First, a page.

Black History Month is celebrated every February to shine a spotlight on notable black men and women. At Michigan Tech, the Center for Diversity and Inclusion, black student organizations and the Van Pelt and Opie Library are partnering to bring that spotlight to campus.
“Black History Month allows everyone to show appreciation for all the work that black engineers and scientists have done to advance every STEM-related field,” says Bruce Brunson Jr., president of the National Society of Black Engineers (NSBE).
Like George Washington Carver, the botanist who discovered dozens of uses for plants previously considered useless, notably the peanut; Alice Ball, who found a way to extract chaulmoogra oil, used in the treatment of leprosy; Otis Boykin, who designed the artificial heart pacemaker control unit; Mark Dean, a computer scientist who led the team that designed the first one-gigahertz computer processor chip; and Jane C. Wright, who pioneered the use of methotrexate to treat breast and skin cancer.
Then there’s Percy Julian, a research chemist and pioneer in the chemical synthesis of drugs from plants. His work laid the foundation for the development of cortisone treatments and birth control pills. Michigan Tech honors undergraduates who have demonstrated leadership in promoting social equality, as well as racial, ethnic and cultural understanding, with the Percy Julian Leadership Award.
“Black History Month shines a light on the importance of diverse thought,” says Kellie Raffaelli, director of the Center for Diversity and Inclusion (CDI).
“It’s also a time to celebrate our black students and their accomplishments,” adds Zack Rubinstein, CDI assistant director.
Van Pelt and Opie Library
The library’s featured reads this month focus on black history. The university archives
is conducting a social media campaign on Twitter and Facebook, posting content related
to Black History Month, including images and other material on Michigan Tech history,
the Copper Country and the Black Voices in the Copper Country project. The Black Voices
project highlights the African American experience and social history in the western
Upper Peninsula. It won the Historical Society of Michigan’s 2016 Special Programs/Events
At the end of Black History Month, Lindsay Hiltunen, university archivist, plans to put out another call for oral history participants in the ongoing Black Voices in the Copper Country project.
Black Student Organizations
The NSBE, Black Students Association (BSA), and the Society of Intellectual Sisters (SIS) also have programs planned for Black History Month.
The BSA will serve a Soul Food Lunch on Friday, February 23 at the Memorial Union Building. Members are also going to local schools to talk about STEM (science, technology, engineering and mathematics) and the accomplishments of black people in those fields.
NSBE is sponsoring an exhibit of black empowerment posters in the library throughout February and is working with BSA and SIS to present a local showing of the film “Black Panther.” For information on the date and time to view the film, contact Nathan Shaiyen, BSA president, at firstname.lastname@example.org or Brunson at email@example.com.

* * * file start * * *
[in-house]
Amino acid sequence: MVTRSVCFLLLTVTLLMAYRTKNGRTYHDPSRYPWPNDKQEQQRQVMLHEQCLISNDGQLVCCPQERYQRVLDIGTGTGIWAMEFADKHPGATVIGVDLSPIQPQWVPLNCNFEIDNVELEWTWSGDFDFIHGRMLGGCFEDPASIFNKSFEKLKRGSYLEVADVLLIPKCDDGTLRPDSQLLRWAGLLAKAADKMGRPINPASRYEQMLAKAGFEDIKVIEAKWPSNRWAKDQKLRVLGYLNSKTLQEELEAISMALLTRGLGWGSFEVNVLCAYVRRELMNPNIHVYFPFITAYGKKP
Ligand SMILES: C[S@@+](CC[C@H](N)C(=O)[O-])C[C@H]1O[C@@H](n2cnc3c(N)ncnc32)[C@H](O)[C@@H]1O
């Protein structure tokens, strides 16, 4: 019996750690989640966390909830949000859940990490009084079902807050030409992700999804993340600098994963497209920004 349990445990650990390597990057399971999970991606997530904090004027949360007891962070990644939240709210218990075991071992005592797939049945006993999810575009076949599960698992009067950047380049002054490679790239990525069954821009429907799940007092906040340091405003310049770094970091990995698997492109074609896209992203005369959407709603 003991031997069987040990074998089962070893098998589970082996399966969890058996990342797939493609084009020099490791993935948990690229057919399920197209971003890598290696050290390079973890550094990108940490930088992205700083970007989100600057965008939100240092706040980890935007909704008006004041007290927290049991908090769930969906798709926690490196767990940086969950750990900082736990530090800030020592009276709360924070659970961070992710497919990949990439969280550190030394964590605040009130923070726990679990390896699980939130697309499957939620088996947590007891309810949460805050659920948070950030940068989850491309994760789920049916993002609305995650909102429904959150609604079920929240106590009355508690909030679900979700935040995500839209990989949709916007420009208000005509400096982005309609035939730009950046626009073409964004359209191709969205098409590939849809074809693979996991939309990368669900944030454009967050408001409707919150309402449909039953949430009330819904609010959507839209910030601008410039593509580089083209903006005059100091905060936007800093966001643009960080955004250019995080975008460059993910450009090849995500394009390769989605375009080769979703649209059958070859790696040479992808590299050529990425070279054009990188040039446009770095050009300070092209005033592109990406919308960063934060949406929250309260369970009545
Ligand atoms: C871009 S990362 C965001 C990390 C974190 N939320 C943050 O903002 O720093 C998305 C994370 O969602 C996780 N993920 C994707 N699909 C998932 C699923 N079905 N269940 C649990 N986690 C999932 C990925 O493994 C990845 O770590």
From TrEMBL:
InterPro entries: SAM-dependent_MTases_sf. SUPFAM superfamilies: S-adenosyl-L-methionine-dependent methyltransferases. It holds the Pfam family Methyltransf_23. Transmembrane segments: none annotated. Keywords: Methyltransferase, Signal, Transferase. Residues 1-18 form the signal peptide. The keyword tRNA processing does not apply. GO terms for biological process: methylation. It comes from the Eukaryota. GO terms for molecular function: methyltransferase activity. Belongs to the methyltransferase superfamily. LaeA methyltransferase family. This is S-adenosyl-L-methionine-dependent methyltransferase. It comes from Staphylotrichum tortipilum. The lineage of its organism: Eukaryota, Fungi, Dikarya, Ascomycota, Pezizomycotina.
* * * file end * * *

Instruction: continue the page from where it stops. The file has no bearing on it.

Other events include:
- Tuesday, February 20, noon, MUB Alumni Lounge A—Diverse Dialogue Series sponsored by CDI, “Changing the Conversation: People of Color in STEM.”
- Wednesday, February 21, 7:30 p.m., Rozsa Center for the Performing Arts—Social Justice Lecture Series sponsored by CDI, featuring Sharon Washington Risher, whose mother was killed in a church shooting in Charleston, South Carolina, in 2015.
“Black History Month to me is more a time to reflect,” says Nathan Shaiyen, BSA president, “to reflect on our past and see how far we have come, thinking about what we've had to struggle with and endure, but also thinking about what we've been able to achieve and overcome. Reflecting on the now and making sure that we are using our voices to speak about injustice, oppression and inequality, but also using our voices to reach out and inspire, educate and love others. Reflecting and looking to the future and making sure that generations to come will be able to live in a world where we are all one and are all able to co-exist in peace and love no matter who you are, where you come from, your race, sexual orientation or religious beliefs.”
SIS president Terrianna Bradley has a Black History Month message for everyone at Michigan Tech. “Take a second or two out of your day to recognize that a lot of the things we rely on every day come from the minds and hands of black people,” she says.
"Challenge your peers when they make certain kinds of remarks, and challenge texts that ignore or misrepresent black accomplishments."
Rubinstein calls Black History Month “a reality check. We still have a lot of work to do.”
Bradley agrees. “It’s also a month to recognize the challenges we face as a society,” she says.
CDI’s Raffaelli is noticing an increase in social and political consciousness among today’s black students. “They are getting more involved in the national political and social justice landscape,” she says. “They are aware that social justice isn’t just about injustice against black people.
"Michigan Tech’s celebration of Black History Month shows that Michigan Tech cares,” Raffaelli goes on to say. “What’s important to black folks is important to Michigan Tech.”
Michigan Technological University is a public research university, home to more than 7,000 students from 54 countries. Founded in 1885, the University offers more than 120 undergraduate and graduate degree programs in science and technology, engineering, forestry, business and economics, health professions, humanities, mathematics, and social sciences. Our campus in Michigan’s Upper Peninsula overlooks the Keweenaw Waterway and is just a few miles from Lake Superior.